Scroll: A fresh new conservation publication by students & for everyone

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Cover image for Scroll Volume 2. Image courtesy of the Scroll editorial staff.

By Emma Dacey and the Scroll Editorial Team

In Naarm (Melbourne), Australia, during the ups and downs of COVID-19 isolation orders that shaped 2020 and 2021, three conservation students fanned the spark of an idea to establish a student conservation publication. We were studying at the Grimwade Centre for Cultural Materials Conservation at the University of Melbourne but doing so in isolation, separated from our cohort. Driven by a need for connection with fellow students, Scroll became a platform for collaboration and engagement. Submissions to Scroll are not judged as finished works but rather as opportunities for students to improve writing abilities and refine ideas. Editorial feedback is provided openly by the editors over several rounds, allowing contributors to make adjustments over time. This creates a fertile ground for students to express their ideas outside the constraints of assignments.

After navigating the uncertainty of developing a publication from scratch, and establishing frameworks and guidelines to guide editorial processes, the pilot edition of Scroll was released in 2021 and was well-received by the conservation community. In 2022, the editorial team grew, and we faced the challenge known as ‘sophomore slump’—would we be able to sustain the enthusiasm that had built as we edited and released our first edition? However, the team was excited to receive strong submissions, both locally and internationally, and was buoyed by the continued interest from our peers in trusting our aim to create something together.

We were proud to launch Volume 2 in November 2022. This volume includes a foreword by AICCM President Alice Cannon and nine submissions that are informative and thought provoking. Articles include a strong representation from conservators and students considering the challenges of intangible cultural heritage. Rowan Frame reviews past treatments of Rothko murals and reflects on how consideration of aesthetic and viewer experiences impact conservation decision-making. Maité Robayo employs field-based research to investigate intergenerational practices and their tenuous hold on continuity. In a reflective piece that also includes interview-based observations, Aslı Günel provides insight to the transfer and accumulation of haptic learning and hand skills.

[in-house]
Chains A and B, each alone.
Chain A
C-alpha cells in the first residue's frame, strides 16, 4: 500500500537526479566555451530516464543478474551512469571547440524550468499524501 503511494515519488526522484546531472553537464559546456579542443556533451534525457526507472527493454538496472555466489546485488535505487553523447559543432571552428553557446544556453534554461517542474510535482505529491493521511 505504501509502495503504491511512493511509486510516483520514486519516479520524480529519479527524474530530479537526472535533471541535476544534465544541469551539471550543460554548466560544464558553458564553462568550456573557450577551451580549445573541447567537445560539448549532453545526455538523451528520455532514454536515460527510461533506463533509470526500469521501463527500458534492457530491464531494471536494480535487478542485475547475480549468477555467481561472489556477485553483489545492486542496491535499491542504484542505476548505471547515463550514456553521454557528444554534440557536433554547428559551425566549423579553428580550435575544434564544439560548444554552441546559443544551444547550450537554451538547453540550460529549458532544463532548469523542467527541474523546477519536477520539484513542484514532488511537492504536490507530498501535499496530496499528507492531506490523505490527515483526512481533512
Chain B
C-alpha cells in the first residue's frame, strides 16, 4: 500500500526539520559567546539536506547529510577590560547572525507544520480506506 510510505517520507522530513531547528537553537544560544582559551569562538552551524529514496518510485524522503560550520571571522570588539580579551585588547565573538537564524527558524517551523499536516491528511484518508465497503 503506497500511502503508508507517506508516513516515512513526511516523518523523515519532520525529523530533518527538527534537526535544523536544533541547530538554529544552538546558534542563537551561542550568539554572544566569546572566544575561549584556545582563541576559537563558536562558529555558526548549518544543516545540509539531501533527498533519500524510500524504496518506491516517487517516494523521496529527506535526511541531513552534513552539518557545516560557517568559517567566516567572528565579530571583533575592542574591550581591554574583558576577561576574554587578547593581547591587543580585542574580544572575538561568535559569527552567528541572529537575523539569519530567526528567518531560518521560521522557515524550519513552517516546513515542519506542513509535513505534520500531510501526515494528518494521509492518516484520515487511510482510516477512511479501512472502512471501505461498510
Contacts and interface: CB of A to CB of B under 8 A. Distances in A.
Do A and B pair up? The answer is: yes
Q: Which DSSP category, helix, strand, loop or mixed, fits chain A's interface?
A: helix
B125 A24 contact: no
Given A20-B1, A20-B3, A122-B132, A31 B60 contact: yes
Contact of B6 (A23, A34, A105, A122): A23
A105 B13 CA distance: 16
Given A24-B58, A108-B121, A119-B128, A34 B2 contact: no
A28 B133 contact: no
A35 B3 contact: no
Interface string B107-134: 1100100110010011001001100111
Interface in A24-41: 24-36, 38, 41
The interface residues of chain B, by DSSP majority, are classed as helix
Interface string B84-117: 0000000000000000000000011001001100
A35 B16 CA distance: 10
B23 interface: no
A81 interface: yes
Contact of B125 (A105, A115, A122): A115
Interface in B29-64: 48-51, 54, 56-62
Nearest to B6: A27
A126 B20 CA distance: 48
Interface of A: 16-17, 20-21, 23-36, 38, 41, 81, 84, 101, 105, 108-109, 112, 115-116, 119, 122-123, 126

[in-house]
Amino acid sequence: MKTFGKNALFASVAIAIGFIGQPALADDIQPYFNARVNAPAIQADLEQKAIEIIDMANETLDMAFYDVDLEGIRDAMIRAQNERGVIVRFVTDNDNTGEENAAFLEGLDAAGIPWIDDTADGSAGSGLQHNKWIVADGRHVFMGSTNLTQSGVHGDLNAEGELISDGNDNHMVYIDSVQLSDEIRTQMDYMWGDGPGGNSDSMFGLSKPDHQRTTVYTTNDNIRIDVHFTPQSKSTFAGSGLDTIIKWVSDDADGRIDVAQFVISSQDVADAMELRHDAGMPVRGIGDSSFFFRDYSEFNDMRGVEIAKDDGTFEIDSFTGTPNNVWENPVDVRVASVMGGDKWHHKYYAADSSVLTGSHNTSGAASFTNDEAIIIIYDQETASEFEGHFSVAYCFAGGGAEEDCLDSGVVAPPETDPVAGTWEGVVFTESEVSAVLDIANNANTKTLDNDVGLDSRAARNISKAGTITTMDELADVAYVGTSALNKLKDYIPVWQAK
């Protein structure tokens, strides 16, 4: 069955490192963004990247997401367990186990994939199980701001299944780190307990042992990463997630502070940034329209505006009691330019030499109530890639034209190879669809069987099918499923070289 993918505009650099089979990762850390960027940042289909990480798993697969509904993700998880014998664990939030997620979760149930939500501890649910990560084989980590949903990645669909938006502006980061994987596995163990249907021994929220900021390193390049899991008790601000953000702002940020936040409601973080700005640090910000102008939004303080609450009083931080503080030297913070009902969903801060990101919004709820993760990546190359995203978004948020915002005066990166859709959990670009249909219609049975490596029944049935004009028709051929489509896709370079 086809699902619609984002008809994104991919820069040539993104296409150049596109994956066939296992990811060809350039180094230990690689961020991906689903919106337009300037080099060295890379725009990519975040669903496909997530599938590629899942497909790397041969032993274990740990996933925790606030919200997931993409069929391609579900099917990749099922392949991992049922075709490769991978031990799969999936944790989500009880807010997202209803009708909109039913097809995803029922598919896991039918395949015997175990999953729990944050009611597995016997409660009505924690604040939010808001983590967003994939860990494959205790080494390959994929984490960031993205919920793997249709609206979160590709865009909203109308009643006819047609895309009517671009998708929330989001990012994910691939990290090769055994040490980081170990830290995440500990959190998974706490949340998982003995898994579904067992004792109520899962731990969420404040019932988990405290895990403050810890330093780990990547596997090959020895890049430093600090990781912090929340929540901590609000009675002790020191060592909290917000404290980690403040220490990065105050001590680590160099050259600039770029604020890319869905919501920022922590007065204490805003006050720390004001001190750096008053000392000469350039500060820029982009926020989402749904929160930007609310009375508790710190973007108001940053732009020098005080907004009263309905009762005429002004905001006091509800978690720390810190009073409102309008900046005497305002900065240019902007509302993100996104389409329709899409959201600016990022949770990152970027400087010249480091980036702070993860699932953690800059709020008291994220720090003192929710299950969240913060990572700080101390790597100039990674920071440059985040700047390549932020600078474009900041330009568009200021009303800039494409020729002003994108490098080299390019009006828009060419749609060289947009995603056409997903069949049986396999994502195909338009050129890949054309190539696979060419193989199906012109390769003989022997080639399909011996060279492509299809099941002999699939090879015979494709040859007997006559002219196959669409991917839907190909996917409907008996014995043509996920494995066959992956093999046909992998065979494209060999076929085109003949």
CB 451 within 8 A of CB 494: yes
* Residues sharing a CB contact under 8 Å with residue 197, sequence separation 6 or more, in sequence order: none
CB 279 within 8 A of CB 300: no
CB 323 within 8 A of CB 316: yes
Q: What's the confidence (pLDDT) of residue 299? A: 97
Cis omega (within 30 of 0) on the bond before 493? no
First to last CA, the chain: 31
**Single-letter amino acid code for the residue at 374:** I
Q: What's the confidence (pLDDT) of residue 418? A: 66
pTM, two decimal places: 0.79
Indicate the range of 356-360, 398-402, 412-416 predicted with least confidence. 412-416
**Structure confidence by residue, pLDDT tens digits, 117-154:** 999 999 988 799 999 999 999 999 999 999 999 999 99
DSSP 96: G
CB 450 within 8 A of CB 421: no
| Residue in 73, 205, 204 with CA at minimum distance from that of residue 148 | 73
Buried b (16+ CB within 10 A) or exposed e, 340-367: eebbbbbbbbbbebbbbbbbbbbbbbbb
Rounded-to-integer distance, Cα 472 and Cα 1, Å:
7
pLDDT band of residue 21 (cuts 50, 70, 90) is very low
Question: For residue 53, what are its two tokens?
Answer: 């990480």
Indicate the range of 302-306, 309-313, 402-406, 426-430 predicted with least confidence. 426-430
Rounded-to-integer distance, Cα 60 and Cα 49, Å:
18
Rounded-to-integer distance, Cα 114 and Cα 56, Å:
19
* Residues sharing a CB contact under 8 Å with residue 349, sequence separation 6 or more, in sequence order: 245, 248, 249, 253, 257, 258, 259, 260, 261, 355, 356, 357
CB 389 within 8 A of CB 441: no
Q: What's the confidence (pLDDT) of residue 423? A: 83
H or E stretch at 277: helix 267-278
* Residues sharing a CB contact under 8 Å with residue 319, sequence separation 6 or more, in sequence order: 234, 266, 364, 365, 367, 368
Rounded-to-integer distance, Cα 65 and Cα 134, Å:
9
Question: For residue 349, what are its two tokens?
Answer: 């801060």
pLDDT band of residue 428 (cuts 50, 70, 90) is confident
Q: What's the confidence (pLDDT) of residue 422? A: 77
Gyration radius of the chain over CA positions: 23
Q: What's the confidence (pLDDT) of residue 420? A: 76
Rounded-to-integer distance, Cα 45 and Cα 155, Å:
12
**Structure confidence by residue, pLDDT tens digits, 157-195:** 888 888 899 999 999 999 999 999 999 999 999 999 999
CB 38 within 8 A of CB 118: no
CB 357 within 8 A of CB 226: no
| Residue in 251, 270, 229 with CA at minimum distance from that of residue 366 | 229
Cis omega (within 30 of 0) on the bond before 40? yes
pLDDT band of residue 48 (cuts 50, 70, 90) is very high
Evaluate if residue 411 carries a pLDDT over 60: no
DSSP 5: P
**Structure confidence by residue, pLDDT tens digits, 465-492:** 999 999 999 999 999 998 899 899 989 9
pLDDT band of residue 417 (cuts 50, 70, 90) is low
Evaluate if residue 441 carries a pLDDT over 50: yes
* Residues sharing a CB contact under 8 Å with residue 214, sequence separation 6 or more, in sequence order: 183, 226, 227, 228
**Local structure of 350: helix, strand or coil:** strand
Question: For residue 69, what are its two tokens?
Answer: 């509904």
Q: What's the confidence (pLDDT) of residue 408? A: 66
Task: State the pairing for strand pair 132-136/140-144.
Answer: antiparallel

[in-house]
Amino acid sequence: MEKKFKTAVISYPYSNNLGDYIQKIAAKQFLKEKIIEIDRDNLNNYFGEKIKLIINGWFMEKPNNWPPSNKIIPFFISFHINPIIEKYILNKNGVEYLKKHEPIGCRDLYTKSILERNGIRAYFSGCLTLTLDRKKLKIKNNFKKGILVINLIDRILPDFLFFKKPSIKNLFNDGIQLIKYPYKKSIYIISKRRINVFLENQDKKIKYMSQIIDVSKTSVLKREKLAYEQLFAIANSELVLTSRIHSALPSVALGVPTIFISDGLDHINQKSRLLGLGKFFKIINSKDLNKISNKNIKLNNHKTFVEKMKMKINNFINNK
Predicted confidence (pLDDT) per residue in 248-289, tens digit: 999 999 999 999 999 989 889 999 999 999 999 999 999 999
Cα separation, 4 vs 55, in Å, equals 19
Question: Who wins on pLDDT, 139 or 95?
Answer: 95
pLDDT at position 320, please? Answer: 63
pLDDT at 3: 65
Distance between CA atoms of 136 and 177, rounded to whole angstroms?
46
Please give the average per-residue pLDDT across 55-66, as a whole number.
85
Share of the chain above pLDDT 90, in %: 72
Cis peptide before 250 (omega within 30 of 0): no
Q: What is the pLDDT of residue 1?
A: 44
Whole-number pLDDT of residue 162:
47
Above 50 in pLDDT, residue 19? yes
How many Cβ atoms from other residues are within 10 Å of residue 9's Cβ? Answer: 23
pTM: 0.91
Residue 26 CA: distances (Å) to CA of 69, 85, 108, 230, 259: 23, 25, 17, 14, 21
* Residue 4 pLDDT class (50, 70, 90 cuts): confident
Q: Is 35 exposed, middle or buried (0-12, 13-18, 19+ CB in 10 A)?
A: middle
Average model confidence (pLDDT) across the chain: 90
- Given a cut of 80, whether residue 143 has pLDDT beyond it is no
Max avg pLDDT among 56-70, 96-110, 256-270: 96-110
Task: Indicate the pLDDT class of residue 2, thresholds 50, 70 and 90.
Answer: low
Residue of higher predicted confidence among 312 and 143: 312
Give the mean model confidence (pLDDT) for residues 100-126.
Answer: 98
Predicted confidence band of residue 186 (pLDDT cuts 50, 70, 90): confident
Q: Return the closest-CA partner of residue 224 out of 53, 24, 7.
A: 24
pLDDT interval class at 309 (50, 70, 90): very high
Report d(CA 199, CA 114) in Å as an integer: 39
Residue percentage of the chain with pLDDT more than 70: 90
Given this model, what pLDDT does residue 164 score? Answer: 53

Other contributions speak to the position of power and need for activism inherent in preserving cultural materials; Eleanor Thomas and Sarah Dodson have co-authored a piece that outlines the dire statistics of gender equality in the arts and argues for activism in conservation to balance the scales. L J Lupgens describes the importance of access to, and engagement with, queer heritage and suggests areas where conservators can work to highlight queer culture.

Papers with a technical focus show us how student research and internships can reveal deep passions for niche aspects of cultural heritage. Reflecting on her surprise at the allure of plastics conservation, Jessica Argall describes her excitement at applying novel methods of cleaning with gels. Leandra Flores articulates her thrill in stabilising a significant leather-bound tome for future use and the growth in confidence that close mentorship supported. Gabriela Lúcio de Sousa uses her submission to share her experience conserving textiles and demonstrates accessible techniques for small/under-funded collections.

Finally, Elizabeth Gralton reflects on a novel about a man working to uncover a mediaeval wall painting and draws parallels between the protagonist’s profession and his perception of the wider world.

The Scroll editorial team is now looking forward to Volume 3, and submissions for this volume are currently open. Contributors can choose to submit an abstract, due 15 April 2023, or submit a full-length piece, due 30 June 2023. More information is available on our Participate page.

Volumes 1 and 2 of Scroll are available to download from the Student Conservators at Melbourne (SC@M) website: Scroll thanks SC@M for their continued support.

Scroll was established on the Country of the Wurundjeri and Boonwurrung peoples of the Kulin Nation. The sovereignty of these lands was never ceded. The editors of Scroll acknowledge the Traditional Owners and pay our respects to Elders, past and present.

(Read the article in the June-July 2023 "News in Conservation" Issue 96, 42-44)

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Driven by a need for connection with fellow students during the pandemic isolation, Scroll became a platform for collaboration and engagement, creating a fertile ground for students to express their ideas outside the constraints of assignments.
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